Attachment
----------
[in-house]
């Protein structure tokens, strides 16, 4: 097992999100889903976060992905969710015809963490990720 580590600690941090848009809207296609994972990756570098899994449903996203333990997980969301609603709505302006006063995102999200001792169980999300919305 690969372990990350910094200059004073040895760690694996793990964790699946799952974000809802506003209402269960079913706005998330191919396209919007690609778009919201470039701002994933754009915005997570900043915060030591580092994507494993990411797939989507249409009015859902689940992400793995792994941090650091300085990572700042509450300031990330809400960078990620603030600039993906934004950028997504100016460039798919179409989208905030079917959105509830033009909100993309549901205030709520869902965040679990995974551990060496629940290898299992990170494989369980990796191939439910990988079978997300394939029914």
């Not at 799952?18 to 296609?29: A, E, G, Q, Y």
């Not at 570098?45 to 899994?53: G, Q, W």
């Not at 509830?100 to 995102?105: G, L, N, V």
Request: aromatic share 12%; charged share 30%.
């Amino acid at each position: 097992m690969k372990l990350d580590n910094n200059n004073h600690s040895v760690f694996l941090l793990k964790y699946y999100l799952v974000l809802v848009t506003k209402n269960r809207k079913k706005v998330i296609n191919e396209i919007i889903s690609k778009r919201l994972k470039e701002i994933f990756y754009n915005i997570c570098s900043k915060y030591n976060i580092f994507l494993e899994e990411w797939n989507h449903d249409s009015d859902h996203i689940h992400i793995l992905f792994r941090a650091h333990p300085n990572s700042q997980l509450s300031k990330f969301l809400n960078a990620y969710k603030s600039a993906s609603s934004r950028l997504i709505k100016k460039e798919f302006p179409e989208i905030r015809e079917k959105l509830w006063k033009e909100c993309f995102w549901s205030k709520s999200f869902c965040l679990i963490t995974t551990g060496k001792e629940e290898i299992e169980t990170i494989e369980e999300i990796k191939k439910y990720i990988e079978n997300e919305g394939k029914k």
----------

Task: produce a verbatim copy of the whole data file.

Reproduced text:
[in-house]
């Protein structure tokens, strides 16, 4: 097992999100889903976060992905969710015809963490990720 580590600690941090848009809207296609994972990756570098899994449903996203333990997980969301609603709505302006006063995102999200001792169980999300919305 690969372990990350910094200059004073040895760690694996793990964790699946799952974000809802506003209402269960079913706005998330191919396209919007690609778009919201470039701002994933754009915005997570900043915060030591580092994507494993990411797939989507249409009015859902689940992400793995792994941090650091300085990572700042509450300031990330809400960078990620603030600039993906934004950028997504100016460039798919179409989208905030079917959105509830033009909100993309549901205030709520869902965040679990995974551990060496629940290898299992990170494989369980990796191939439910990988079978997300394939029914």
């Not at 799952?18 to 296609?29: A, E, G, Q, Y």
């Not at 570098?45 to 899994?53: G, Q, W």
């Not at 509830?100 to 995102?105: G, L, N, V």
Request: aromatic share 12%; charged share 30%.
């Amino acid at each position: 097992m690969k372990l990350d580590n910094n200059n004073h600690s040895v760690f694996l941090l793990k964790y699946y999100l799952v974000l809802v848009t506003k209402n269960r809207k079913k706005v998330i296609n191919e396209i919007i889903s690609k778009r919201l994972k470039e701002i994933f990756y754009n915005i997570c570098s900043k915060y030591n976060i580092f994507l494993e899994e990411w797939n989507h449903d249409s009015d859902h996203i689940h992400i793995l992905f792994r941090a650091h333990p300085n990572s700042q997980l509450s300031k990330f969301l809400n960078a990620y969710k603030s600039a993906s609603s934004r950028l997504i709505k100016k460039e798919f302006p179409e989208i905030r015809e079917k959105l509830w006063k033009e909100c993309f995102w549901s205030k709520s999200f869902c965040l679990i963490t995974t551990g060496k001792e629940e290898i299992e169980t990170i494989e369980e999300i990796k191939k439910y990720i990988e079978n997300e919305g394939k029914k």